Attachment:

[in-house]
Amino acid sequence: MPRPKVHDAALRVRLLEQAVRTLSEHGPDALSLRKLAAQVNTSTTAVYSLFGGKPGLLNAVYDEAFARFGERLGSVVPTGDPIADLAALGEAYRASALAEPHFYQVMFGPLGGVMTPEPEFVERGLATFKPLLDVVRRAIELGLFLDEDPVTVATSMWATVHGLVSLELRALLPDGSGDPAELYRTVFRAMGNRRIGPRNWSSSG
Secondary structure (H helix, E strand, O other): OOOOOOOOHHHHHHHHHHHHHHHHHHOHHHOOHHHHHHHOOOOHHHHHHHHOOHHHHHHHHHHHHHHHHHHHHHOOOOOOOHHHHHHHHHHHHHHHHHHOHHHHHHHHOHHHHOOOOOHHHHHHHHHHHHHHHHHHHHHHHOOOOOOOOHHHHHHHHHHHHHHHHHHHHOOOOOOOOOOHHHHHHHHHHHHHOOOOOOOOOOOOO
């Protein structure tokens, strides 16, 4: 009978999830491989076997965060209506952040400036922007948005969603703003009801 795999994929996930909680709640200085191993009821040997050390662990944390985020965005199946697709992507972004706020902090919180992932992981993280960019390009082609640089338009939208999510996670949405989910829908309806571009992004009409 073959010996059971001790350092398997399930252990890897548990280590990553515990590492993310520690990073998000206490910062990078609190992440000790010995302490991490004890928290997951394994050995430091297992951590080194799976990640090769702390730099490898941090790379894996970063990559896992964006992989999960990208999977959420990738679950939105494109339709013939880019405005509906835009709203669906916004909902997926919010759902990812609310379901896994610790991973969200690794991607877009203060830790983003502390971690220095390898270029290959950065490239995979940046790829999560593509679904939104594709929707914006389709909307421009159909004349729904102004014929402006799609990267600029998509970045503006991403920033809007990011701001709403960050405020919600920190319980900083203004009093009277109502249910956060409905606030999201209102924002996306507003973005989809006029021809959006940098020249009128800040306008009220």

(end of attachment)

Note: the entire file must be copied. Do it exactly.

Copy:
[in-house]
Amino acid sequence: MPRPKVHDAALRVRLLEQAVRTLSEHGPDALSLRKLAAQVNTSTTAVYSLFGGKPGLLNAVYDEAFARFGERLGSVVPTGDPIADLAALGEAYRASALAEPHFYQVMFGPLGGVMTPEPEFVERGLATFKPLLDVVRRAIELGLFLDEDPVTVATSMWATVHGLVSLELRALLPDGSGDPAELYRTVFRAMGNRRIGPRNWSSSG
Secondary structure (H helix, E strand, O other): OOOOOOOOHHHHHHHHHHHHHHHHHHOHHHOOHHHHHHHOOOOHHHHHHHHOOHHHHHHHHHHHHHHHHHHHHHOOOOOOOHHHHHHHHHHHHHHHHHHOHHHHHHHHOHHHHOOOOOHHHHHHHHHHHHHHHHHHHHHHHOOOOOOOOHHHHHHHHHHHHHHHHHHHHOOOOOOOOOOHHHHHHHHHHHHHOOOOOOOOOOOOO
């Protein structure tokens, strides 16, 4: 009978999830491989076997965060209506952040400036922007948005969603703003009801 795999994929996930909680709640200085191993009821040997050390662990944390985020965005199946697709992507972004706020902090919180992932992981993280960019390009082609640089338009939208999510996670949405989910829908309806571009992004009409 073959010996059971001790350092398997399930252990890897548990280590990553515990590492993310520690990073998000206490910062990078609190992440000790010995302490991490004890928290997951394994050995430091297992951590080194799976990640090769702390730099490898941090790379894996970063990559896992964006992989999960990208999977959420990738679950939105494109339709013939880019405005509906835009709203669906916004909902997926919010759902990812609310379901896994610790991973969200690794991607877009203060830790983003502390971690220095390898270029290959950065490239995979940046790829999560593509679904939104594709929707914006389709909307421009159909004349729904102004014929402006799609990267600029998509970045503006991403920033809007990011701001709403960050405020919600920190319980900083203004009093009277109502249910956060409905606030999201209102924002996306507003973005989809006029021809959006940098020249009128800040306008009220």